Last week on her syndicated talk show Ellen DeGeneres took considerable time to address the issue. “Some people were upset,” she admitted. “They thought, ‘Why is a gay, Hollywood liberal sitting next to a conservative, Republican president?’” Many angry people tweeted about the seemingly mismatched pair, DeGeneres said.
The tweet that impressed her the most, however, was a positive one: “Ellen and George Bush together makes me have faith in America again,” she read. Her audience cheered for the positivity, and DeGeneres explained she’s friends with many people who don’t share the same beliefs. “We’re all different. And I think that we’ve forgotten that that’s OK that we’re all different,” she continued.
DeGeneres said just because she doesn’t agree with someone on everything, doesn’t mean she’s not going to be friends with them. “When I say, ‘Be kind to one another,’ I don’t mean be kind to the people who think the same way you do. I mean be kind to everyone,” she said.
Good for her! Ellen DeGeneres’ response should motivate the rest of us to follow suit – especially those of us who claim to follow Jesus Christ. The Lord taught us to be kind to one another, to love our enemies, and to be gracious and forgiving toward those with whom we disagree. While the media intentionally stirs up controversy and thrives on fomenting disagreement, we need to be markedly different.
Let’s recognize the intense culture war that is dividing America internally is more of a threat to the future of our nation than any external adversary. Jesus said, “A house divided against itself cannot stand.” The strength of America’s past has been that we are “One Nation Under God.” Just because we disagree with someone politically or theologically doesn’t mean we hate them, or they are enemies. I have relatives who are addicted to drugs. I pray their behavior will change, not because I hate them, but because I care for them.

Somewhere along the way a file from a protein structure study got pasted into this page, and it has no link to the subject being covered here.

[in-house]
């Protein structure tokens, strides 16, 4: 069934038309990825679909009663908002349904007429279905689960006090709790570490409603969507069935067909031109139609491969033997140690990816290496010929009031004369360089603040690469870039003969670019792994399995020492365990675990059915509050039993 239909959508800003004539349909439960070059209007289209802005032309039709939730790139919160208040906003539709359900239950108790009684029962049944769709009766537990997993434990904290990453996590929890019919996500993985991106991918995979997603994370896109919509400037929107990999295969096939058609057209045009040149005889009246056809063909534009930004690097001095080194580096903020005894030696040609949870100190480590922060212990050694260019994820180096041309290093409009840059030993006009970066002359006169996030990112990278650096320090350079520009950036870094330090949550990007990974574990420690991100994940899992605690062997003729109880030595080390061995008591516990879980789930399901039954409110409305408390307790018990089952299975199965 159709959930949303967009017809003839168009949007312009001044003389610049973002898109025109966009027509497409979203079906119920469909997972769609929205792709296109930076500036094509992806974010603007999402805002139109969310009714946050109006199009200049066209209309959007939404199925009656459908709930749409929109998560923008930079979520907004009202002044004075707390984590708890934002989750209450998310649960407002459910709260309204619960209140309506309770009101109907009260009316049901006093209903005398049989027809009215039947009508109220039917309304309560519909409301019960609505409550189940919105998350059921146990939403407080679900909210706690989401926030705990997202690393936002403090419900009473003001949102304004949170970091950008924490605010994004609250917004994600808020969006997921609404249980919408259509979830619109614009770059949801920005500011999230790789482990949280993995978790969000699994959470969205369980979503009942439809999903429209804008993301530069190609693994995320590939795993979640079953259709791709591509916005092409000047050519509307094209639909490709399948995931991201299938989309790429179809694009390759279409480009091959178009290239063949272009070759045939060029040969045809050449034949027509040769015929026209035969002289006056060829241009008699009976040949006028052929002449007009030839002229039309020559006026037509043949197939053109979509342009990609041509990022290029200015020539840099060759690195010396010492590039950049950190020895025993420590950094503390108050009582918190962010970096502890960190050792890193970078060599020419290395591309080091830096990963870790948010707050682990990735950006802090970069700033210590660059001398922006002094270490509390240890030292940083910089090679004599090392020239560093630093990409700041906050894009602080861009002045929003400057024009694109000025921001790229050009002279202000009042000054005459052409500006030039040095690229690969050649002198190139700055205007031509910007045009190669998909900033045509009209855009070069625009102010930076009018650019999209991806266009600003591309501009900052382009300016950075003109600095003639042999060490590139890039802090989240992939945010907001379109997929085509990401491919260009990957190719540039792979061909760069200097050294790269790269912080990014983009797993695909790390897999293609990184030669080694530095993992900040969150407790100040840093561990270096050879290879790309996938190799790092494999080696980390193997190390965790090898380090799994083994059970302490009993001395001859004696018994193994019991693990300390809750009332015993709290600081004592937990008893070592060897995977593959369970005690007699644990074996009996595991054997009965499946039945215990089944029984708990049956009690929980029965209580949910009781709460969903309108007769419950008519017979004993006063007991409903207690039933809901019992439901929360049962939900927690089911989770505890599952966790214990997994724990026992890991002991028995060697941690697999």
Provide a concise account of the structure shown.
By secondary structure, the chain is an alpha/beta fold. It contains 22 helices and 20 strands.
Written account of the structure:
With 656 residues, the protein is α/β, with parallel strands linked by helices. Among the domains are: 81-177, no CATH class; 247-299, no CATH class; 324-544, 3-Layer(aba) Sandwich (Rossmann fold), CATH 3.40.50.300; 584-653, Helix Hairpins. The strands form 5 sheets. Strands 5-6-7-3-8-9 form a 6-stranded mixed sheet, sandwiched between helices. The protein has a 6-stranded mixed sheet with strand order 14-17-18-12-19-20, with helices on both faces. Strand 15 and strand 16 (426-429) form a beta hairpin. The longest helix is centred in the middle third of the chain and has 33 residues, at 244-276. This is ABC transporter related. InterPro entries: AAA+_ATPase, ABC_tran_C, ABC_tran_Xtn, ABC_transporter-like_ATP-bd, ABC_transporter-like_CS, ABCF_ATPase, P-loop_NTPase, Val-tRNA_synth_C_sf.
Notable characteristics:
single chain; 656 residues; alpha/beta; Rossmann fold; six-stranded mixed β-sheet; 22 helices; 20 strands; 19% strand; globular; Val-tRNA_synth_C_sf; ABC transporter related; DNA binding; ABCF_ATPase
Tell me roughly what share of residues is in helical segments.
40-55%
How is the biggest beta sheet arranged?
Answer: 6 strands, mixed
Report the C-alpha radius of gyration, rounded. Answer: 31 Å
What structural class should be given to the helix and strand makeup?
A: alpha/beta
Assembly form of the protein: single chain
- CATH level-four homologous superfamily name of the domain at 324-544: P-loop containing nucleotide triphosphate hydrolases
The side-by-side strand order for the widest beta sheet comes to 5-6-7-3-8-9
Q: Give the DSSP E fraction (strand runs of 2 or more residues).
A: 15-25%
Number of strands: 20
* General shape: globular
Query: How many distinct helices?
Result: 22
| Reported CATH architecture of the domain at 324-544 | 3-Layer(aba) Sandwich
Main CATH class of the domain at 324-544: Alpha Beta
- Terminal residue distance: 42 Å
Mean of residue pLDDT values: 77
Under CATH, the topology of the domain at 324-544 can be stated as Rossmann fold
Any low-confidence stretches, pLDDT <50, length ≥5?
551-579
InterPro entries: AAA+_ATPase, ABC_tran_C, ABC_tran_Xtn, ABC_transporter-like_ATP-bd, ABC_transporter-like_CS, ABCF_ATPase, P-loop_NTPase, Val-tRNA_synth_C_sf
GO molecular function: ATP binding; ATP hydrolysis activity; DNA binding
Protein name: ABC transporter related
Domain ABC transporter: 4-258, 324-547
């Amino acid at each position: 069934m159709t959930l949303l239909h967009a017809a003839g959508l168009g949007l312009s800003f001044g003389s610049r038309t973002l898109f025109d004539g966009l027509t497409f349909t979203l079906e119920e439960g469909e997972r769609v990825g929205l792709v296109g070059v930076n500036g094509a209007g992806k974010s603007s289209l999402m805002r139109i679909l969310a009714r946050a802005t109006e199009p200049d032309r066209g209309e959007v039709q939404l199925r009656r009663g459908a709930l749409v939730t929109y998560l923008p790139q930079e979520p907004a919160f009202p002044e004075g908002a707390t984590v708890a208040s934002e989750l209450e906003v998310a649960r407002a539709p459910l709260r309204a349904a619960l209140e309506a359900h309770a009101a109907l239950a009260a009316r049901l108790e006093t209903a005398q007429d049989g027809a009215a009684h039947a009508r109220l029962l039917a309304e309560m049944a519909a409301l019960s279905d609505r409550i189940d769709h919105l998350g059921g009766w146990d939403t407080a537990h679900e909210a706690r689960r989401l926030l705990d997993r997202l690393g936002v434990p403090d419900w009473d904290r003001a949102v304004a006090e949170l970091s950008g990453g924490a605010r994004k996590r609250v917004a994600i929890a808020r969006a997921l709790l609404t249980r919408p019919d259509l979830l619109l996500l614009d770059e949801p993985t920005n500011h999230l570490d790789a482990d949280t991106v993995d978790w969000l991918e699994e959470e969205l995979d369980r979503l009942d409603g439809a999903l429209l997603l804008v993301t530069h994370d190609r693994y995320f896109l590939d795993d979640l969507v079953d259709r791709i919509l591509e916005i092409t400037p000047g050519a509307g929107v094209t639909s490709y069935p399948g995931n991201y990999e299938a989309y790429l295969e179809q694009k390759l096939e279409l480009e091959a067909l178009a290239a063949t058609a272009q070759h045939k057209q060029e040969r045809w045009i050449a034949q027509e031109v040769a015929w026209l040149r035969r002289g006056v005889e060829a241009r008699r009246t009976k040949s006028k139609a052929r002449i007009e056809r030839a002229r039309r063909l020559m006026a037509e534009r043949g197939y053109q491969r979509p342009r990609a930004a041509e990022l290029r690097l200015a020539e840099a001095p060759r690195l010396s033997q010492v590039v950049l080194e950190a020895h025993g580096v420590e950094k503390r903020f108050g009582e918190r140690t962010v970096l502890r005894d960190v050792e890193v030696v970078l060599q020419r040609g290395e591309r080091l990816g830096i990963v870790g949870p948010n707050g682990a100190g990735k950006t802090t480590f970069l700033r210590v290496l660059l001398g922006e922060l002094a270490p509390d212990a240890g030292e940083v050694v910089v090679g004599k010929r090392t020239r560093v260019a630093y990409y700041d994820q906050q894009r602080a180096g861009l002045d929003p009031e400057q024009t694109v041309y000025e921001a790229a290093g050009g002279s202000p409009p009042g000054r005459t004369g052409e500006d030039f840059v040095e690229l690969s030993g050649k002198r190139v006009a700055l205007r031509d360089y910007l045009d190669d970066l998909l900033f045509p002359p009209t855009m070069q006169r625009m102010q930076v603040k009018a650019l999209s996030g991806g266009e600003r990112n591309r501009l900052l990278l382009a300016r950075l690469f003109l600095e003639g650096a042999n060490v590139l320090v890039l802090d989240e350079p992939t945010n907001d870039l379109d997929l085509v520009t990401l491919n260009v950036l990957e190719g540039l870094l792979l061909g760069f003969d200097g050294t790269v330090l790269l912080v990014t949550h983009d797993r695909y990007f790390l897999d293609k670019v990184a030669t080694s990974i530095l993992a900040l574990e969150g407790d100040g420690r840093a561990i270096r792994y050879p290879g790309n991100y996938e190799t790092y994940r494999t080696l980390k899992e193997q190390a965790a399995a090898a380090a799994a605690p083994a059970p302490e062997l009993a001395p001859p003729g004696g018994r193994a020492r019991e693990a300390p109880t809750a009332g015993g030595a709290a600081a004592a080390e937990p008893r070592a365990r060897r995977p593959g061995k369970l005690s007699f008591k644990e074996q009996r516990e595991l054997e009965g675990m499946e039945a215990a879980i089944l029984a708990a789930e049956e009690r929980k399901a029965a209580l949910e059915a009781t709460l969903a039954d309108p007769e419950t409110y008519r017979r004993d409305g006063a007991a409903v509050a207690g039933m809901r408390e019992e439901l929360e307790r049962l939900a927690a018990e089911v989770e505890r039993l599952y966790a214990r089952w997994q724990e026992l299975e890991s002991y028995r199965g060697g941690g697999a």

John Adams, the second president, and Thomas Jefferson, the third president, had sharp disagreements. But toward the end of their lives, they became good friends. In recent years Americans have forgotten how to disagree without being disagreeable. We have divided into two opposing camps hurling vicious words and false accusations that threaten to split the nation into a philosophical civil war.
Let’s stop the angry name-calling and gross exaggerations.
Following Ellen DeGeneres’ explanation, a well-known actor tweeted, “Sorry, until George W. Bush is brought to justice for the crimes of the Iraq War (including American-led torture, Iraqi deaths and displacement, and the deep scars – emotional and otherwise – inflicted on our military that served his folly) we can’t even begin to talk about kindness”. Really? Will his vengeful spirit initiate justice? Is his intolerance extended to every member of Congress who approved the war? How unreasonable!